Children’s’ rights, child labor, forced labor, human trafficking, sexual abuse. Bachpan Bachao Andolan, a non-governmental organization in India submitted a petition to the Supreme Court of India to take action against the use of child performers in India’s traveling circuses. A study found that children were being trafficked from Nepal or taken from their homes, exploited as child laborers in these circuses, and subjected to mental, physical, and sexual abuse. In recognition that this practice was in violation of child labor laws and regulations on a child’s right to an education, among other national and international statutes, the Supreme Court gave an order to prohibit the employment of children in circuses, raid circuses to free children, and establish rehabilitation schemes for the child victims. This case is an important victory for children’s rights in India, where parents often sell their children to work at a young age, and also displays the willingness of the Supreme Court of India to hear petitions from NGOs, offering an important avenue for human rights reform.
Women and Justice: Keywords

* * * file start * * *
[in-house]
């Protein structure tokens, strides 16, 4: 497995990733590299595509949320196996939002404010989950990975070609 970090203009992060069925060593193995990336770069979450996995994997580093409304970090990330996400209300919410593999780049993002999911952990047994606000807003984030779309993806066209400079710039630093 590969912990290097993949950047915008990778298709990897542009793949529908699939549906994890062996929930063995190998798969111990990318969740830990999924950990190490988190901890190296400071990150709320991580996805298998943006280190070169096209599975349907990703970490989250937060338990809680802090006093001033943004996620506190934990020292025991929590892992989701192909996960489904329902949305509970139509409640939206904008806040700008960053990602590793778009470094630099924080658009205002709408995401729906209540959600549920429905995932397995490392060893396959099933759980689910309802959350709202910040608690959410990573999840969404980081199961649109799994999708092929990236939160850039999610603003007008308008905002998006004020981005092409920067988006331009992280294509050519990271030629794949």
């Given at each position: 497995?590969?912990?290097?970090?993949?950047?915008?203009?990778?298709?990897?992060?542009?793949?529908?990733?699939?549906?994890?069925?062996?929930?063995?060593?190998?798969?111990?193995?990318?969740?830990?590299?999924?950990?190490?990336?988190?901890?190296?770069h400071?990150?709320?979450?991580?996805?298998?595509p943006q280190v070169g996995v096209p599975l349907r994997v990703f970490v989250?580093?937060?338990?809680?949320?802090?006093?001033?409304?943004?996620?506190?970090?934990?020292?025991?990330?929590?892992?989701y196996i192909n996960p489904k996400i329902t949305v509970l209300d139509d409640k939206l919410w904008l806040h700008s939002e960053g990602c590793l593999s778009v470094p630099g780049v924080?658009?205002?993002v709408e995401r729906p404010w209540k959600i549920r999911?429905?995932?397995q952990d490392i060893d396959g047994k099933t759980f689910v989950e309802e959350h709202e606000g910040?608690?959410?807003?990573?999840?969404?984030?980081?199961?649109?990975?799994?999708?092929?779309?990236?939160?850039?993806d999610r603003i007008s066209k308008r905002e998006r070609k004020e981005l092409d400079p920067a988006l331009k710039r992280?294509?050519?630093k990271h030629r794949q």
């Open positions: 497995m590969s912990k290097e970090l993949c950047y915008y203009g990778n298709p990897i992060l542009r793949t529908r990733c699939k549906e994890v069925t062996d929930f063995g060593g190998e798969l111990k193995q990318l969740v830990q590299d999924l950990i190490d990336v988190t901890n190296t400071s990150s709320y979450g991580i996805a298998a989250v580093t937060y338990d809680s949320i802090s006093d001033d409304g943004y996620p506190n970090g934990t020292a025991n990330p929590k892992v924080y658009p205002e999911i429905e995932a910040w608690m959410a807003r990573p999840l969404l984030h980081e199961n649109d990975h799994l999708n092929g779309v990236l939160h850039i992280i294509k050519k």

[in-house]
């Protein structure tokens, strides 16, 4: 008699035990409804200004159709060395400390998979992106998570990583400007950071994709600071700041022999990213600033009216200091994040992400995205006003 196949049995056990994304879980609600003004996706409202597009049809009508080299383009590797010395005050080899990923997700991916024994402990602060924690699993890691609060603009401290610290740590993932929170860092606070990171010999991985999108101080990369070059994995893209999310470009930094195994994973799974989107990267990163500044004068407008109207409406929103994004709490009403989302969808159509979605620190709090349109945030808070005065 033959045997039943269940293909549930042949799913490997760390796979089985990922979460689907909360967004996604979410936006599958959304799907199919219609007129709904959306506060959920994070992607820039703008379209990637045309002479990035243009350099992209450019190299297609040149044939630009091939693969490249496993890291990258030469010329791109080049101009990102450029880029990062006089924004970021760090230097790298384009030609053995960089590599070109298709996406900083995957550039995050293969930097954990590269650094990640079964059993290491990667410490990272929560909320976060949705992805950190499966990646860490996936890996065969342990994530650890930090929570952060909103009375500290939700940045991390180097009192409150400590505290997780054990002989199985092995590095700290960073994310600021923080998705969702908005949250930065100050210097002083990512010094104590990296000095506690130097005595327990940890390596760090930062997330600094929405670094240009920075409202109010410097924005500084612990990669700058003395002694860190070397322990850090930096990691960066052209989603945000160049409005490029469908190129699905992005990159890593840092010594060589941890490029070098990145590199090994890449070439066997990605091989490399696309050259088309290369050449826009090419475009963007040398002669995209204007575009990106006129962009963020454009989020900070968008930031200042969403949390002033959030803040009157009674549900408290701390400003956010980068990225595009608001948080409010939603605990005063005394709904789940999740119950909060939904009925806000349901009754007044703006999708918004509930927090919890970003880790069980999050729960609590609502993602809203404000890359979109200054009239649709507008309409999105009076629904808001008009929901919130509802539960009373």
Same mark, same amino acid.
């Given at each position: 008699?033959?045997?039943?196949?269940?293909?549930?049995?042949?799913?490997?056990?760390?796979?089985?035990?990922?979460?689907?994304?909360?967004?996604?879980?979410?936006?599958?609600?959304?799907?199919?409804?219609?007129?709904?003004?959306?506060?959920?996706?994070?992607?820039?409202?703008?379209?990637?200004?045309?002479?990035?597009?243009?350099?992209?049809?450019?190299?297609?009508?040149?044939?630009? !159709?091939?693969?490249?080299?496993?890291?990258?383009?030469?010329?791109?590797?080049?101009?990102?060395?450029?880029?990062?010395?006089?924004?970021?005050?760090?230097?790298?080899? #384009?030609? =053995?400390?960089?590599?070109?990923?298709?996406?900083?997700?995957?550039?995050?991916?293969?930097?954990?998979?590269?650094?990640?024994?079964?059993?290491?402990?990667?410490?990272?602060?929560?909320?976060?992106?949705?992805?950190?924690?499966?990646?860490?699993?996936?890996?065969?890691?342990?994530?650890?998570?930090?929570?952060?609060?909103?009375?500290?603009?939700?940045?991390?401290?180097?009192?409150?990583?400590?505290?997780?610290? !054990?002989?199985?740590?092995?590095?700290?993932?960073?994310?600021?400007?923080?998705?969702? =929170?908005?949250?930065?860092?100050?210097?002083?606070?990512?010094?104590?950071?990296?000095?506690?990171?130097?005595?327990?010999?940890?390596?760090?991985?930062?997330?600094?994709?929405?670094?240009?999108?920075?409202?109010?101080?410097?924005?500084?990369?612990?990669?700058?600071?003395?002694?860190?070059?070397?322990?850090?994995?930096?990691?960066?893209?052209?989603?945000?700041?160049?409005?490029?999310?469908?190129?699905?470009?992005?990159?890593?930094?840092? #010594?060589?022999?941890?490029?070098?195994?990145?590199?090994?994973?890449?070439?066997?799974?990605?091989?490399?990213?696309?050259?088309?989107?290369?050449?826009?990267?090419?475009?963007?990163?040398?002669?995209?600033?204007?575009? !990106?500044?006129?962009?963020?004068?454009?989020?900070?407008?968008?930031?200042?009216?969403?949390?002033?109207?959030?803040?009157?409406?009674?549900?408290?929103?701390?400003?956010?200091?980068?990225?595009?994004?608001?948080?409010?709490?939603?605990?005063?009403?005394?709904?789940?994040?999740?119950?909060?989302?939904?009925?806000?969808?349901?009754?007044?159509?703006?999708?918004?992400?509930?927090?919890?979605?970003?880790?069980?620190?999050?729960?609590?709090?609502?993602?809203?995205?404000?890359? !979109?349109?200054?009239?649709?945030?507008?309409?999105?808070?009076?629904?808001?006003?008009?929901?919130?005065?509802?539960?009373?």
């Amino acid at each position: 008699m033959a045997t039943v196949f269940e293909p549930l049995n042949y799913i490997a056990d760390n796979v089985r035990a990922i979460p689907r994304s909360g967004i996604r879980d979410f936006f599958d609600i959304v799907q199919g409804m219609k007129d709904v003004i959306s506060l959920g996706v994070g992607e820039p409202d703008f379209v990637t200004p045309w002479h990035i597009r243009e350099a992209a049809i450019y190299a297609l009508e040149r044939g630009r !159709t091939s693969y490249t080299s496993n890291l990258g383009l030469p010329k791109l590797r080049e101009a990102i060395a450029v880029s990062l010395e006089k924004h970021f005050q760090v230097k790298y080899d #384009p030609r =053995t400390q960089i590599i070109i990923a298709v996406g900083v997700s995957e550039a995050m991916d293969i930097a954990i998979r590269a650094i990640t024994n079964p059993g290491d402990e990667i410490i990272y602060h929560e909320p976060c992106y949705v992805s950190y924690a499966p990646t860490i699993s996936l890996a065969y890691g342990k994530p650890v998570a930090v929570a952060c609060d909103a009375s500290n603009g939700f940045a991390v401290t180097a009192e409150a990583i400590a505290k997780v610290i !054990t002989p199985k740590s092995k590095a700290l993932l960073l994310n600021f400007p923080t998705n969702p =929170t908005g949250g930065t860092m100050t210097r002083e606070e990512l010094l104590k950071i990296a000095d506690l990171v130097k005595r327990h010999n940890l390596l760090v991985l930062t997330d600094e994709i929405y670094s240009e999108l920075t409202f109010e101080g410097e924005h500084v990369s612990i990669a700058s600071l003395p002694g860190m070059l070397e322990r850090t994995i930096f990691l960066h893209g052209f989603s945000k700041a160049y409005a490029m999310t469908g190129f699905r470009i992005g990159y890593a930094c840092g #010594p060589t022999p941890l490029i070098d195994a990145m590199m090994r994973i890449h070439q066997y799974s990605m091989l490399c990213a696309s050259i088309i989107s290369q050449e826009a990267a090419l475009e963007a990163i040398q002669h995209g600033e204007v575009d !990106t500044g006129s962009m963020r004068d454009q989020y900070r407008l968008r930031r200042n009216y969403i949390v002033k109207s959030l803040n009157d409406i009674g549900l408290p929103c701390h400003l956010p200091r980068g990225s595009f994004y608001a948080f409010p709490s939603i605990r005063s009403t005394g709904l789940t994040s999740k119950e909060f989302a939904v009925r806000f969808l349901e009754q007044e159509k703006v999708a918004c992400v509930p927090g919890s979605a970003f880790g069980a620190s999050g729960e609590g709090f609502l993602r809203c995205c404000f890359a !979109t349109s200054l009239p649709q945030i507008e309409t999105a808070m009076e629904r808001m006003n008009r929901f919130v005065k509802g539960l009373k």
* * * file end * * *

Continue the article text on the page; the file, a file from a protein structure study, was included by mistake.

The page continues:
Plaintiff Jane Doe (“Doe”) filed a lawsuit under a pseudonym and alleged 23 causes of action including human trafficking, sexual battery, forced labor and involuntary servitude against Defendants Mr. and Mrs. Penzato. Mrs. Penzato had offered Doe $1,500 per month, free room and board, and transportation to the United States in exchange for child care and housekeeping services. Doe accepted the offer and moved to San Francisco, California. Doe alleged that during her employment Defendants physically assaulted her, sexually molested her, threatened her with cancellation of her visa, and abused or exploited her in various other ways. She eventually left the Penzatos’ household and moved to a transitional housing residence for female victims of violence. Doe filed a motion for a protective order and requested permission to proceed with the lawsuit under a pseudonym. Doe argued that this was necessary to avoid additional psychological trauma due to the sensitive and personal nature of her claims. Further, she argued that the use of a pseudonym would help maintain the safety and anonymity of her fellow transitional housing residents. Defendants argued that because they were publically accused of sexual abuse, human trafficking, and forced labor, Doe should also be publicly exposed. Defendants also argued that they would be prejudiced by the extra effort they would have to take to keep her identity a secret. The court granted Doe’s motion and allowed her to proceed under a pseudonym, holding that Doe’s need to remain anonymous outweighed Defendants’ arguments and the public’s interest in knowing her identity. The court noted the strong interest in protecting sexual assault victims’ identities—to encourage them to report the assaults without fear of being stigmatized as a sexual assault victim.